Advertisement

Basic Research in Cardiology

, Volume 73, Issue 2, pp 220–229 | Cite as

The effect of vasoactive drugs on the low-pressure system

  • K. Kirsch
  • A. Ameln
  • H. J. Wicke
Original Contributions
  • 16 Downloads

Summary

In the present study emphasis was placed on the circulatory pattern of the low-pressure system when sodium nitroprusside (Na-NP) as vasodilatator and norepinephrine (NE) as a vasoconstrictive agent were given to anesthetized dogs. Mean arterial pressure, cardiac output, central venous pressure, peripheral venous pressure and plasma volume were measured. 12 animals received Na-NP and 11 animals received NE infusions which lasted between 80 and 90 min. The respective dosages were on the average 7.8 μg·kg−1·min−1 and 1.16 μg·kg−1·min−1.

Under Na-NP a marked fall in the mean arterial pressure and the total peripheral resistance was observed (p<0.01). In view of an unchanged plasma volume the decrease in central venous pressure by 1.5 mm Hg (p<0.01) together with an unchanged peripheral venous pressure must be interpreted as being due to a translocation of blood volume from intra- to extrathoracic parts of the low-pressure system. A close correlation between the central venous pressure and the total peripheral resistance was found, which support the interpretation given above.

Under NE, besides an increase in the mean arterial pressure, an average increase in the peripheral venous pressure was consistently found (averge +1 mm Hg, p>0.01). The relatively small increase in the central venous pressure must be attributed to the simultaneously occurring fall in plasma volume which prevented an augmentation of the cardiac filling pressure.

Keywords

Venous Pressure Central Venous Pressure Plasma Volume Nitroprusside Sodium Nitroprusside 
These keywords were added by machine and not by the authors. This process is experimental and the keywords may be updated as the learning algorithm improves.

Der Einfluß vasoaktiver Substanzen auf das Niederdrucksystem

Zusammenfassung

In den vorliegenden Untersuchungen wurde an narkotisierten Hunden das Verhalten des Niederdrucksystems unter den Gaben von Natrium-Nitro-Prussid (Na-NP) und Norepinephrin (NE) eingehend beschrieben. Dabei wurden neben dem zentralen Venendruck, dem peripheren Venendruck (Vena cava abdominalis) und dem Plasmavolumen der arterielle Mitteldruck und das Herzminutenvolumen bestimmt. 12 Tiere erhielten Na-NP-Infusionen (mittlere Dosis 7,8 μg·kg−1·min−1 und 11 Tiere NE-Infusionen (mittlere Dosis 1,16 μg·kg−1·min−1) über eine Dauer von 80 bis 90 Minuten.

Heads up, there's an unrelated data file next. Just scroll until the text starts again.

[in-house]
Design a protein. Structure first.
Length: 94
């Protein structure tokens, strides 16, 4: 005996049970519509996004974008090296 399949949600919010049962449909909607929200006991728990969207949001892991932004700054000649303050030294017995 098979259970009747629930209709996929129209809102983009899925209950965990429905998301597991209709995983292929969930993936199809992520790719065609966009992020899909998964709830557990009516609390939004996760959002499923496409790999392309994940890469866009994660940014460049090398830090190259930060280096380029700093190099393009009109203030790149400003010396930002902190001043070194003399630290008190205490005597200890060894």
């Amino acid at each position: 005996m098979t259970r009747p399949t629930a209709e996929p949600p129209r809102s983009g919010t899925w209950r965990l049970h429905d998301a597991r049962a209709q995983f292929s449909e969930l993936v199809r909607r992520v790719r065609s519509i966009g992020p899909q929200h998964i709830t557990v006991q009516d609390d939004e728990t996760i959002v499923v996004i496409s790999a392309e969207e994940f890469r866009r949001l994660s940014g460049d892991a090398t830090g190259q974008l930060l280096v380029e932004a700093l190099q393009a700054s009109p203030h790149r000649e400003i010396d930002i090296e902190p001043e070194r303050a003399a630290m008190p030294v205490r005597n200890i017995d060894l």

Unter Na-NP wurde erwartungsgemäß ein deutlicher Abfall des arteriellen Mitteldruckes und des totalen peripheren Widerstandes beobachtet (p<0,01). Ebenso fiel der zentrale Venendruck um 1,5 mm Hg ab (p<0,01), wohingegen der periphere Venendruck unverändert blieb. Da das Plasmavolumen konstant blieb, müssen die Veränderungen insgesamt als Ausdruck einer Blutvolumenverlagerung von intra- nach extrathorakal gedeutet werden. Die enge Korrelation zwischen den Veränderungen des zentralen Venendruckes und denjenigen des totalen peripheren Widerstandes unterstützt diese Interpretation.

Unter NE wurde neben einem Anstieg des arteriellen Mitteldruckes regelmäßig ein Anstieg des peripheren Venendrucks gefunden (+1 mm Hg, p<0,1). Demgegenüber war der Anstieg des zentralen Venendruckes nur gering, was auf die gleichzeitig beobachtete Abnahme des Plasmavolumens zurückzuführen gewesen sein dürfte.

Preview

Unable to display preview. Download preview PDF.

Unable to display preview. Download preview PDF.

References

  1. 1.
    Bhatia, S. K., E. D. Frohlich: Hemodynamic comparison of agents useful in hypertensive emergencies. Amer. Heart J.85, 367 (1973).CrossRefGoogle Scholar
  2. 2.
    Bleifeld, W., P. Hanrath: Die hämodynamische Basis der Therapie des akuten Myokardinfarktes. Dtsch. med. Wschr.100, 1345 (1975).PubMedGoogle Scholar
  3. 3.
    Brecher, G. A.: Venous Return. (New York, London 1965).Google Scholar
  4. 4.
    Cohn, J. N.: Relationship of plasma volume changes to resistance and capacitance vessel effects of sympathomimetic amines and angiotensin in man. Clin. Sci.30, 267 (1966).PubMedGoogle Scholar
  5. 5.
    Finnerty, F. A. jr.,J. H. Buchholz, R. L. Guillanden: The blood volumes and plasma protein during levarterenol-induced hypertension. J. clin. Invest.37, 425 (1958).PubMedGoogle Scholar
  6. 6.
    Gauer, O. H., J. P. Henry: Circulatory basis of fluid volume control. Physiol. Rev.43, 423 (1963).PubMedGoogle Scholar
  7. 7.
    Gauer, O. H., H. L. Thron: Properties of veins in vivo: integrated effects of their smooth muscle. Physiol. Rev.42, Suppl. 5, 283 (1962).Google Scholar
  8. 8.
    Guiha, N. H., C. J. Limas, J. A. Franciosa, J. N. Cohn: Treatment of refractory heart failure with sodium nitroprusside. Circulation46, Suppl. 2–105 (1972).Google Scholar